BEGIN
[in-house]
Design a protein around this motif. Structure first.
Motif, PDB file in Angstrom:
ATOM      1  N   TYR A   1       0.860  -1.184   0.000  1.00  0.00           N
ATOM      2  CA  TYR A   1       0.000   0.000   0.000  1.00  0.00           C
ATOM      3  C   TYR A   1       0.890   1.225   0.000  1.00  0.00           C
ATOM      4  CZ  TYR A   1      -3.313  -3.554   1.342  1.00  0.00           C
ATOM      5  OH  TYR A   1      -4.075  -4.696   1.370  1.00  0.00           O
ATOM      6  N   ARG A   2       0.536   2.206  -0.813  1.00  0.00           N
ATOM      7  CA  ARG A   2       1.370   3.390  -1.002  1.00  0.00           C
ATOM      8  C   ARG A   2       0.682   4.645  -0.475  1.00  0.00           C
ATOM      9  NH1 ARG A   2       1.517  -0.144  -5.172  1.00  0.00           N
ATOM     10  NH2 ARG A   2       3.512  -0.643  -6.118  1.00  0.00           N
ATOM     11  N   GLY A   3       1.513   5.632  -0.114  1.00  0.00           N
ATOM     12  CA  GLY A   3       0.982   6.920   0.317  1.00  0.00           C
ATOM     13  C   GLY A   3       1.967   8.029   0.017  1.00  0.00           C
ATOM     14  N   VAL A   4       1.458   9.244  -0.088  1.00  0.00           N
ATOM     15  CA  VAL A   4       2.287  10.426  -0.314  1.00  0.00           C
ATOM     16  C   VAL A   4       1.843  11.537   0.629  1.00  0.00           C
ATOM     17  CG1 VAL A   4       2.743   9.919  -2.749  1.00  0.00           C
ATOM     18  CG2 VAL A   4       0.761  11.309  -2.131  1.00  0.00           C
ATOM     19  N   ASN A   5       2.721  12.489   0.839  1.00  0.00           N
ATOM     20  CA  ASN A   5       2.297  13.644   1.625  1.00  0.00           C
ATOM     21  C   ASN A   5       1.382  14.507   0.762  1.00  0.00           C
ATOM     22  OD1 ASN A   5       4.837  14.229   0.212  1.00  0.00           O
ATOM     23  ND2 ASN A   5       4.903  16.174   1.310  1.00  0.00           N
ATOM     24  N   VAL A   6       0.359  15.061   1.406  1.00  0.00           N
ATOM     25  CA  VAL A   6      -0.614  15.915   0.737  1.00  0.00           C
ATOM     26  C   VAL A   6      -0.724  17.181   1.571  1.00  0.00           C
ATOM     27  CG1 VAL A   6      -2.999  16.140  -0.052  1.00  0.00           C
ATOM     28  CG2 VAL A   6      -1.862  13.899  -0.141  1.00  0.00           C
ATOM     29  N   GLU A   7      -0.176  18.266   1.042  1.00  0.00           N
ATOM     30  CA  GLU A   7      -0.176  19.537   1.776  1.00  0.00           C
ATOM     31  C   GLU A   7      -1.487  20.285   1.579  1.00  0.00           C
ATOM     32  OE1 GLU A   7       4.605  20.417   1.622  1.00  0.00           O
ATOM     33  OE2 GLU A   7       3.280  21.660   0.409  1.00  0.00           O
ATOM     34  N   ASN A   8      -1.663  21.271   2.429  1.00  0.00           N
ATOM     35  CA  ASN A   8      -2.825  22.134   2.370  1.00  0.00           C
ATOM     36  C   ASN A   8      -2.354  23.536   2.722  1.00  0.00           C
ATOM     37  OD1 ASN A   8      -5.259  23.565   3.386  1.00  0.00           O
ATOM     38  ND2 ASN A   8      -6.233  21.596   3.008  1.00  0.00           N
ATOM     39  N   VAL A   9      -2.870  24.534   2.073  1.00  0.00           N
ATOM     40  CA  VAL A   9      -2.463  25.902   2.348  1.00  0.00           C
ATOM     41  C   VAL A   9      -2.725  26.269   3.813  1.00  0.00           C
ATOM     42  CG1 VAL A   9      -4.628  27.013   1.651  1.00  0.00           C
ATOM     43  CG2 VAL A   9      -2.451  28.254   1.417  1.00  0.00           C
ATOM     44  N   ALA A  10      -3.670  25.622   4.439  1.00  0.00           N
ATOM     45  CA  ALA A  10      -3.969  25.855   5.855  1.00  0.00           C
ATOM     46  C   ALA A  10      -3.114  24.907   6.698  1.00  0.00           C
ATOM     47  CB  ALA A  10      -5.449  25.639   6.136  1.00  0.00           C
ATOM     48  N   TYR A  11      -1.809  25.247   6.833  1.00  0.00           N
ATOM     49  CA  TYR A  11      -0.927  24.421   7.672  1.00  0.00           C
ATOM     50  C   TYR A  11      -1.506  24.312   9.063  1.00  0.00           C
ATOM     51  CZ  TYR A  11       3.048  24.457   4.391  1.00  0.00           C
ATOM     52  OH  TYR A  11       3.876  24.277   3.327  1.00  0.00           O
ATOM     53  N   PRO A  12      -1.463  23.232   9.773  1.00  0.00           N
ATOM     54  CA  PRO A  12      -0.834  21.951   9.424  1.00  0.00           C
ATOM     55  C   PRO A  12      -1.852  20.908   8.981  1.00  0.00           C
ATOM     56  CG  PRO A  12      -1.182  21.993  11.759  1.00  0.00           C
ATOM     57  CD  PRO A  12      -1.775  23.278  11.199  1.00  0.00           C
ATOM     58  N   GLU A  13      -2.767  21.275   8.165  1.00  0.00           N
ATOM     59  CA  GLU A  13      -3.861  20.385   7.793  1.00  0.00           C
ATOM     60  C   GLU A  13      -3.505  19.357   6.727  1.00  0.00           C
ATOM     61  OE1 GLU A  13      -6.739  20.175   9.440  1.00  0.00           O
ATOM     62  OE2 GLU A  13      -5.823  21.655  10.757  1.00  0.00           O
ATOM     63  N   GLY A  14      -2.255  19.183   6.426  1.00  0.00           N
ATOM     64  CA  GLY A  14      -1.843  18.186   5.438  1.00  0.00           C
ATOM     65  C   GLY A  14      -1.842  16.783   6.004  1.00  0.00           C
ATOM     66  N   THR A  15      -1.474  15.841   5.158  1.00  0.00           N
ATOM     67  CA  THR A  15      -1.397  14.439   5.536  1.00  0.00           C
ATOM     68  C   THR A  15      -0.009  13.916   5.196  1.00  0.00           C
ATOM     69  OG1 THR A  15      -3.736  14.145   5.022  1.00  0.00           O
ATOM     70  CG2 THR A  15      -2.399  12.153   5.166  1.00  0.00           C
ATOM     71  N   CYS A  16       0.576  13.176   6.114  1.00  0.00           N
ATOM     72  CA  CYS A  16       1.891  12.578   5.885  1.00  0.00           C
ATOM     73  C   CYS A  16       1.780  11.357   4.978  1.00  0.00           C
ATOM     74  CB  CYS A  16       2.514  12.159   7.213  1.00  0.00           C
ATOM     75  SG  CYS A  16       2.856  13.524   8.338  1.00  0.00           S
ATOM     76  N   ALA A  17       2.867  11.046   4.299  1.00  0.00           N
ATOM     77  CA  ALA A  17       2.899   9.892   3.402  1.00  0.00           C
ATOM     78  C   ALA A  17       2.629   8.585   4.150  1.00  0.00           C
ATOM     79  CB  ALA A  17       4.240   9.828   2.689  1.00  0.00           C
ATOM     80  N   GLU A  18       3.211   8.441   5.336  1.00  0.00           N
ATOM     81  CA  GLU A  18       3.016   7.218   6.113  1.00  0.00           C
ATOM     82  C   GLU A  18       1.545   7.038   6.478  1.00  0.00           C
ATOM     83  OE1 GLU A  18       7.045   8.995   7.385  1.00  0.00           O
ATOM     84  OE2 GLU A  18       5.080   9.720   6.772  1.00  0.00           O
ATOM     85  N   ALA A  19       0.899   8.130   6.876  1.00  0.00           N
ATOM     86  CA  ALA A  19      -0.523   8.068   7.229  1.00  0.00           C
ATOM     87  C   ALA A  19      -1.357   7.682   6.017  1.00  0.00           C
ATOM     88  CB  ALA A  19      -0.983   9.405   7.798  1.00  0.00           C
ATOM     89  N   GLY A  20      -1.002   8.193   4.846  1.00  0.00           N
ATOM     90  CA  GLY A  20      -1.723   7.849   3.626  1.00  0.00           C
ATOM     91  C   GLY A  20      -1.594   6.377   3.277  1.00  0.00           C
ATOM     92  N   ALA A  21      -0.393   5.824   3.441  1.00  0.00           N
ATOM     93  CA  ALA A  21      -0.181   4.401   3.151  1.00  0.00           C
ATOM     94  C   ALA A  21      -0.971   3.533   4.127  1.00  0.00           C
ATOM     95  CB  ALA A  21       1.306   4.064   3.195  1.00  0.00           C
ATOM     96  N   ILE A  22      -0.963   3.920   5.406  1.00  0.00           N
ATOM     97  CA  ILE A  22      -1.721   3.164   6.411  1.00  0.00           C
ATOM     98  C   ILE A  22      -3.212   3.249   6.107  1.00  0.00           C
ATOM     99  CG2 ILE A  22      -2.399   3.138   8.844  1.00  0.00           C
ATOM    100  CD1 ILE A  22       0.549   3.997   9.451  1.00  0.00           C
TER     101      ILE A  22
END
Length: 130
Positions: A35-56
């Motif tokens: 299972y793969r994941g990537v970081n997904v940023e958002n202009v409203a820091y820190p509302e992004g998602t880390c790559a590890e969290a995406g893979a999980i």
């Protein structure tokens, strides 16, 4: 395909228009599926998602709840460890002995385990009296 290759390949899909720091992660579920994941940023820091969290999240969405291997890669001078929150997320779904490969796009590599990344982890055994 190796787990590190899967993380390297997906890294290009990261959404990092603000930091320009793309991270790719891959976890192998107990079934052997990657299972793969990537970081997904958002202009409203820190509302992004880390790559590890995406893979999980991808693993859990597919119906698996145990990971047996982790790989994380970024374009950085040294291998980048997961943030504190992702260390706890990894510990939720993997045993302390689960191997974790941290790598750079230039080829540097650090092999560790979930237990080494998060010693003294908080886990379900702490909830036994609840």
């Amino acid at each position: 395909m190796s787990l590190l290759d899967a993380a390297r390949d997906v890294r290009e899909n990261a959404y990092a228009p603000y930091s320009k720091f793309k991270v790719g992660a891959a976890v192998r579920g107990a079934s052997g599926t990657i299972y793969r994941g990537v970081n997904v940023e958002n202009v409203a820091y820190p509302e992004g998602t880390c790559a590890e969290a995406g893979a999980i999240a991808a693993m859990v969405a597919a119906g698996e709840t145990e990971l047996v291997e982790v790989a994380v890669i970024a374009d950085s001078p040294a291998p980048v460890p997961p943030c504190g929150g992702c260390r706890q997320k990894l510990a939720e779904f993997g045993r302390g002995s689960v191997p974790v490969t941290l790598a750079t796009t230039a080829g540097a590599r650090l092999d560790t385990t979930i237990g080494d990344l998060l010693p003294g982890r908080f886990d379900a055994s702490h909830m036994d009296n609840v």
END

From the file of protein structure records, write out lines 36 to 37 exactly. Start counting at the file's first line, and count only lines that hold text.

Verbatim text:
ATOM     33  OE2 GLU A   7       3.280  21.660   0.409  1.00  0.00           O
ATOM     34  N   ASN A   8      -1.663  21.271   2.429  1.00  0.00           N